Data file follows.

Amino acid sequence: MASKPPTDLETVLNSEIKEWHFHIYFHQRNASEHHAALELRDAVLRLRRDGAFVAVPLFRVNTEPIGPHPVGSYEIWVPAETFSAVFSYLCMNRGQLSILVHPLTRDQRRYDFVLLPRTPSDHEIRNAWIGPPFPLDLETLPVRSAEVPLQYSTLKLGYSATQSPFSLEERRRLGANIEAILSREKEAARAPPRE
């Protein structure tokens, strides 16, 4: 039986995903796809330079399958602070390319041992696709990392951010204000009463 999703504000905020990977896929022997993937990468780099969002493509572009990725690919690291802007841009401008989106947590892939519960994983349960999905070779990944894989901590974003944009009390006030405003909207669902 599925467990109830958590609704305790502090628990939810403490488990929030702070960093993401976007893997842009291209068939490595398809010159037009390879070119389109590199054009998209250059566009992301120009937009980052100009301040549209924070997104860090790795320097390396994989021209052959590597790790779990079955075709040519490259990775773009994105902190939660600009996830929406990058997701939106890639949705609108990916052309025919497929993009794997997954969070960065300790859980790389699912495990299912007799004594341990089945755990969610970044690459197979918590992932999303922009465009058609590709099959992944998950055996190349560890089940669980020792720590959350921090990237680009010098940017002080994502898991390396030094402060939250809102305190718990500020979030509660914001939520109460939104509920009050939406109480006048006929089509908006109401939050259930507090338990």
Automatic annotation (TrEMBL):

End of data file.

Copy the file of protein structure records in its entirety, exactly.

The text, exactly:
Amino acid sequence: MASKPPTDLETVLNSEIKEWHFHIYFHQRNASEHHAALELRDAVLRLRRDGAFVAVPLFRVNTEPIGPHPVGSYEIWVPAETFSAVFSYLCMNRGQLSILVHPLTRDQRRYDFVLLPRTPSDHEIRNAWIGPPFPLDLETLPVRSAEVPLQYSTLKLGYSATQSPFSLEERRRLGANIEAILSREKEAARAPPRE
């Protein structure tokens, strides 16, 4: 039986995903796809330079399958602070390319041992696709990392951010204000009463 999703504000905020990977896929022997993937990468780099969002493509572009990725690919690291802007841009401008989106947590892939519960994983349960999905070779990944894989901590974003944009009390006030405003909207669902 599925467990109830958590609704305790502090628990939810403490488990929030702070960093993401976007893997842009291209068939490595398809010159037009390879070119389109590199054009998209250059566009992301120009937009980052100009301040549209924070997104860090790795320097390396994989021209052959590597790790779990079955075709040519490259990775773009994105902190939660600009996830929406990058997701939106890639949705609108990916052309025919497929993009794997997954969070960065300790859980790389699912495990299912007799004594341990089945755990969610970044690459197979918590992932999303922009465009058609590709099959992944998950055996190349560890089940669980020792720590959350921090990237680009010098940017002080994502898991390396030094402060939250809102305190718990500020979030509660914001939520109460939104509920009050939406109480006048006929089509908006109401939050259930507090338990």
Automatic annotation (TrEMBL):